Place Corps Friday Digest: Experiment
This past week we had the honor of working with Suzanne Snider, founder and director of Oral History Summer School. We learned the possibilities present in Oral History as a discipline and tool for greater understanding, lifting unheard voices, complexifying narratives, connecting community, and many other possibilities. We will be incorporating Oral History interviews into our Winter Intersession Place Projects. In advance of those interviews we are conducting pair interviews this coming week so that we understand the process as both interviewer and narrator. This practice will also be the beginning of the Place Corps Oral History Archive.
This week, Martha Snow (2019 Experiential Education Fellow) led a workshop on Leadership as part of her ongoing series. Energy was focused and attentive and the cohort dove deep into values, and the way that our language describing values is often rooted in our own individual experience. The workshop raised important differences in how different cohort members define and relate to words like trust and accountability based on personal histories and life experiences - which is incredibly relevant to how we approach creating shared systems.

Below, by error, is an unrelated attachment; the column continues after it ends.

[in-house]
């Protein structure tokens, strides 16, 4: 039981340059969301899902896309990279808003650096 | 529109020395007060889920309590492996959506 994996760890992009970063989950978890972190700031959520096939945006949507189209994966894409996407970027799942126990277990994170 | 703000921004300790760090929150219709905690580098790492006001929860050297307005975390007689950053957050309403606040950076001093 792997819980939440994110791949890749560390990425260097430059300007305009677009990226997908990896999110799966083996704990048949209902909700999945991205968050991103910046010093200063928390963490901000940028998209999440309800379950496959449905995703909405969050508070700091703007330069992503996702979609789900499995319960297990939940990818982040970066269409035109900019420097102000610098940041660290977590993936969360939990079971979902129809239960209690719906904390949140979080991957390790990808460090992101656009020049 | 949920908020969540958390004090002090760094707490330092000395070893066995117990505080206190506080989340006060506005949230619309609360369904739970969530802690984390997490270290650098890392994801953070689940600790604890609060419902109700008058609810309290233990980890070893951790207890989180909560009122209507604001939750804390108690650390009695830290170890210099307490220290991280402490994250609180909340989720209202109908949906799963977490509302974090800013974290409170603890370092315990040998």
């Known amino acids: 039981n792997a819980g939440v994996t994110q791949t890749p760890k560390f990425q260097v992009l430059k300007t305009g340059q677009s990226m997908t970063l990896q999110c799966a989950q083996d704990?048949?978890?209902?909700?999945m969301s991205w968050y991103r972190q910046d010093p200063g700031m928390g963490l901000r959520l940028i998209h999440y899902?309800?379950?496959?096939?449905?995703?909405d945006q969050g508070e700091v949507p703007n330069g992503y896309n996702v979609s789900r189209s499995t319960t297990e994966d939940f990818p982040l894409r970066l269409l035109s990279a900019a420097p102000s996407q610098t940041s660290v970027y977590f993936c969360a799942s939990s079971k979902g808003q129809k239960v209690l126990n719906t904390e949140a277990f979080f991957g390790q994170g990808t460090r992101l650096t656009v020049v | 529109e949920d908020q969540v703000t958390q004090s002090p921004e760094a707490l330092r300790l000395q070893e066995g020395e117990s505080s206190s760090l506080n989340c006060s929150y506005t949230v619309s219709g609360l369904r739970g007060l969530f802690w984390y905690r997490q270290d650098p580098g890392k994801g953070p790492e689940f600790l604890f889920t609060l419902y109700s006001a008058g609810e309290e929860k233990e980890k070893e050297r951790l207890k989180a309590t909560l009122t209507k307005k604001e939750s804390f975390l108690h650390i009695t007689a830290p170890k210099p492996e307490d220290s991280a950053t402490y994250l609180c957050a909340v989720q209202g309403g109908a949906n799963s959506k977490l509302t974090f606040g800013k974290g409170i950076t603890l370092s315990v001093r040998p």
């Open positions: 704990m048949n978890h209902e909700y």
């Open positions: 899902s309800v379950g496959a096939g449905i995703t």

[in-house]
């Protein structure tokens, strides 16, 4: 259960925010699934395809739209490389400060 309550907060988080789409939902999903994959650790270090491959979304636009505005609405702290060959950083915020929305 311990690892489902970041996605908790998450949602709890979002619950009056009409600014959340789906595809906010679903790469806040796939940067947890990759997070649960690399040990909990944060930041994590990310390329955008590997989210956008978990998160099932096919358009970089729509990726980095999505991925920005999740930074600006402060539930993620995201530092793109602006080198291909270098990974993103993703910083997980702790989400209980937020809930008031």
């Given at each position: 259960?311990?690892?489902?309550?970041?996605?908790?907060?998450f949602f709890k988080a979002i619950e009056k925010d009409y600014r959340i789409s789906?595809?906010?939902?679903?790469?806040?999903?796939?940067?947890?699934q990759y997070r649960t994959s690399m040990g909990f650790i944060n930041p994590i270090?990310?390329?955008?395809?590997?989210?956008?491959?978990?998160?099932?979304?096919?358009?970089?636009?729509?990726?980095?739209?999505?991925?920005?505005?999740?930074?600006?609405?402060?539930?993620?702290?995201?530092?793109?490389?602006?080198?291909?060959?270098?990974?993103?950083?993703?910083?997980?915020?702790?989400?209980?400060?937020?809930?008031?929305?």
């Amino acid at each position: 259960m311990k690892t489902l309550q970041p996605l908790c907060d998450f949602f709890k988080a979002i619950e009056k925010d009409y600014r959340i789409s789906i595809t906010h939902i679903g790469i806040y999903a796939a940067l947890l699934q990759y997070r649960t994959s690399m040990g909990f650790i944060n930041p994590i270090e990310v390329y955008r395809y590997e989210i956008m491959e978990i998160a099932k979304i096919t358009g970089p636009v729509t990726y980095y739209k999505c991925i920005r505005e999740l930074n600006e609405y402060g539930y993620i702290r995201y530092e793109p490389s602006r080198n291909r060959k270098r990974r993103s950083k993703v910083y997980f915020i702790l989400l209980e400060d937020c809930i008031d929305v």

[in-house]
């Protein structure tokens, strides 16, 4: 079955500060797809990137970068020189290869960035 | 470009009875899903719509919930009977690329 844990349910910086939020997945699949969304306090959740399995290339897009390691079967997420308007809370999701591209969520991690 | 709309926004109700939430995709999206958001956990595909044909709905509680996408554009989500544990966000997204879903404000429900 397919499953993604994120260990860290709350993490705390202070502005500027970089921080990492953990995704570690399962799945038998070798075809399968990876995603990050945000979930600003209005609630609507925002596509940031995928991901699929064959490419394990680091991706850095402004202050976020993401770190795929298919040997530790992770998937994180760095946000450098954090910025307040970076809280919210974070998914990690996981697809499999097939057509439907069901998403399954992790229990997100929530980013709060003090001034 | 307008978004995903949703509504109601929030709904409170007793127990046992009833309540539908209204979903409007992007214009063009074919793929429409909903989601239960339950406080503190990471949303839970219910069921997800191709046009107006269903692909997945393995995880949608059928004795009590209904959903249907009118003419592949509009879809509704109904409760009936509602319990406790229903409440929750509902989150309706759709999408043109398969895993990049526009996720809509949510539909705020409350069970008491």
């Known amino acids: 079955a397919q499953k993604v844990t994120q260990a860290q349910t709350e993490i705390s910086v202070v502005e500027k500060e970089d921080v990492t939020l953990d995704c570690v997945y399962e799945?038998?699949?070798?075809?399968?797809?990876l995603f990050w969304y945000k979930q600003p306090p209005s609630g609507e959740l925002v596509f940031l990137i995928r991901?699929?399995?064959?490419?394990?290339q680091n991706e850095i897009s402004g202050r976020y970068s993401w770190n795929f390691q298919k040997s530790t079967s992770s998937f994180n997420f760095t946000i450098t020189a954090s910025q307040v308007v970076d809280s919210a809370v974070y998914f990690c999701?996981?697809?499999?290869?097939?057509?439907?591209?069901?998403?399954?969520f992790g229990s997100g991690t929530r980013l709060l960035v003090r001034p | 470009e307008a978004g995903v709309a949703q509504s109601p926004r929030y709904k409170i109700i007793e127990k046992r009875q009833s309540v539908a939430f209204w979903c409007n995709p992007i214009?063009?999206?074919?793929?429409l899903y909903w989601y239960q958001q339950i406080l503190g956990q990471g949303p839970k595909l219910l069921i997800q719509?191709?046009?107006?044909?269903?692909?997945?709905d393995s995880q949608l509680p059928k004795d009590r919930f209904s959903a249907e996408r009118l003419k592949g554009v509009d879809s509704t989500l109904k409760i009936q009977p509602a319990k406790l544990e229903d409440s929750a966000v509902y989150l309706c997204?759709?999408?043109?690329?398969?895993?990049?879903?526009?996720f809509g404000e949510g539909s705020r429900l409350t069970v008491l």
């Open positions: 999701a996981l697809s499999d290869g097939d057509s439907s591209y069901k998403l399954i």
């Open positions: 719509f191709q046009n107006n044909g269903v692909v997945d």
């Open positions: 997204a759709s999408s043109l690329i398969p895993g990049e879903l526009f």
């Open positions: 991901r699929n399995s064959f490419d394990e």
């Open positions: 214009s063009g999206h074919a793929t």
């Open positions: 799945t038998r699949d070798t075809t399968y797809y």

Next week we welcome artist-activist-slow-fashion expert Katrina Rodabough to learn about how sometimes a small personal choice becomes one's life's work. We also are excited to be visiting professor Maya Greene's homestead to learn how to butcher a hog with Place Corps resident Sophia Hampton's Self-Teach Course on Whole Animal Butchery!
Our word for this week is EXPERIMENT. We experiment in Place Corps with creating systems of co-governed living, collaborative design, and more. We do this as a way to make a discovery, test a hypothesis, and challenge a form or practice. It is to be innovative. It is to know what we don't already know. In experiments all results are valuable and all results inform our understanding. In our experiments failure is nonexistent but challenge is expected.
" I want to understand the world from your point of view. I want to know what you know in the way you know it. I want to understand the meaning of your experience, to walk in your shoes, to feel things as you feel them, to explain things as you explain them. Will you become my teacher and help me understand?"
― James P. Spradley